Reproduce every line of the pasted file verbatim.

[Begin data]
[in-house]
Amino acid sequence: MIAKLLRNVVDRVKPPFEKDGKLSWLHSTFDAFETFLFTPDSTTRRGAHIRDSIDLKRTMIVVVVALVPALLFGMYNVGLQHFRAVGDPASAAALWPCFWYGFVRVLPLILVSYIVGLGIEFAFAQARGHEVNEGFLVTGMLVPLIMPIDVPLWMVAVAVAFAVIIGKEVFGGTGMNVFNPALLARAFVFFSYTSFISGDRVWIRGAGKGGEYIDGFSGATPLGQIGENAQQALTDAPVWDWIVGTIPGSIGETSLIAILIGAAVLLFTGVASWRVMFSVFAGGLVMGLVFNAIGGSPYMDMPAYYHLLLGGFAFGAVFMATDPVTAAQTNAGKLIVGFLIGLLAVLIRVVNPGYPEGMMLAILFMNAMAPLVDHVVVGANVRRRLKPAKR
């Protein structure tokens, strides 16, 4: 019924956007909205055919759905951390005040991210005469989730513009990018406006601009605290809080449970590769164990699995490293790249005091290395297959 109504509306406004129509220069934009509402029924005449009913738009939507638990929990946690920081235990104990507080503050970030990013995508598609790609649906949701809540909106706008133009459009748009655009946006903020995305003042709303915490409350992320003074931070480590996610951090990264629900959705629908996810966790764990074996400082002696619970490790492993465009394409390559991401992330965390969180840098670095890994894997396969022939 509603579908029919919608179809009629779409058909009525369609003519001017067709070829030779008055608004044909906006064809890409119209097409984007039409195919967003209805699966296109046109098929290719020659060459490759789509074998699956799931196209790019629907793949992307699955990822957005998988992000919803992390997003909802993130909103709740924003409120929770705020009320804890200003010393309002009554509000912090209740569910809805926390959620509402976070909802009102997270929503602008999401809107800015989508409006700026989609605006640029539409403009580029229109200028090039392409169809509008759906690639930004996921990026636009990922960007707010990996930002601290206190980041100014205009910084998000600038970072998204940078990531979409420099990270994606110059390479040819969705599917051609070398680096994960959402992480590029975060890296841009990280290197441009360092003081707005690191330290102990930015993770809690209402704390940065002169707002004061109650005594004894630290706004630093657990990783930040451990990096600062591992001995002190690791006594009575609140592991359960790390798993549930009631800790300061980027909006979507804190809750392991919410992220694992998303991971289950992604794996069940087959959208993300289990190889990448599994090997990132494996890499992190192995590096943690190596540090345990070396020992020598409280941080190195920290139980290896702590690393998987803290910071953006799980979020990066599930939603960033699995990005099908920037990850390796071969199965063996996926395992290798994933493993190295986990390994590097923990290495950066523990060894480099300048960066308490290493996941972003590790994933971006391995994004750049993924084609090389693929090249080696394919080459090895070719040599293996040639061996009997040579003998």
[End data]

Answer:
[in-house]
Amino acid sequence: MIAKLLRNVVDRVKPPFEKDGKLSWLHSTFDAFETFLFTPDSTTRRGAHIRDSIDLKRTMIVVVVALVPALLFGMYNVGLQHFRAVGDPASAAALWPCFWYGFVRVLPLILVSYIVGLGIEFAFAQARGHEVNEGFLVTGMLVPLIMPIDVPLWMVAVAVAFAVIIGKEVFGGTGMNVFNPALLARAFVFFSYTSFISGDRVWIRGAGKGGEYIDGFSGATPLGQIGENAQQALTDAPVWDWIVGTIPGSIGETSLIAILIGAAVLLFTGVASWRVMFSVFAGGLVMGLVFNAIGGSPYMDMPAYYHLLLGGFAFGAVFMATDPVTAAQTNAGKLIVGFLIGLLAVLIRVVNPGYPEGMMLAILFMNAMAPLVDHVVVGANVRRRLKPAKR
């Protein structure tokens, strides 16, 4: 019924956007909205055919759905951390005040991210005469989730513009990018406006601009605290809080449970590769164990699995490293790249005091290395297959 109504509306406004129509220069934009509402029924005449009913738009939507638990929990946690920081235990104990507080503050970030990013995508598609790609649906949701809540909106706008133009459009748009655009946006903020995305003042709303915490409350992320003074931070480590996610951090990264629900959705629908996810966790764990074996400082002696619970490790492993465009394409390559991401992330965390969180840098670095890994894997396969022939 509603579908029919919608179809009629779409058909009525369609003519001017067709070829030779008055608004044909906006064809890409119209097409984007039409195919967003209805699966296109046109098929290719020659060459490759789509074998699956799931196209790019629907793949992307699955990822957005998988992000919803992390997003909802993130909103709740924003409120929770705020009320804890200003010393309002009554509000912090209740569910809805926390959620509402976070909802009102997270929503602008999401809107800015989508409006700026989609605006640029539409403009580029229109200028090039392409169809509008759906690639930004996921990026636009990922960007707010990996930002601290206190980041100014205009910084998000600038970072998204940078990531979409420099990270994606110059390479040819969705599917051609070398680096994960959402992480590029975060890296841009990280290197441009360092003081707005690191330290102990930015993770809690209402704390940065002169707002004061109650005594004894630290706004630093657990990783930040451990990096600062591992001995002190690791006594009575609140592991359960790390798993549930009631800790300061980027909006979507804190809750392991919410992220694992998303991971289950992604794996069940087959959208993300289990190889990448599994090997990132494996890499992190192995590096943690190596540090345990070396020992020598409280941080190195920290139980290896702590690393998987803290910071953006799980979020990066599930939603960033699995990005099908920037990850390796071969199965063996996926395992290798994933493993190295986990390994590097923990290495950066523990060894480099300048960066308490290493996941972003590790994933971006391995994004750049993924084609090389693929090249080696394919080459090895070719040599293996040639061996009997040579003998």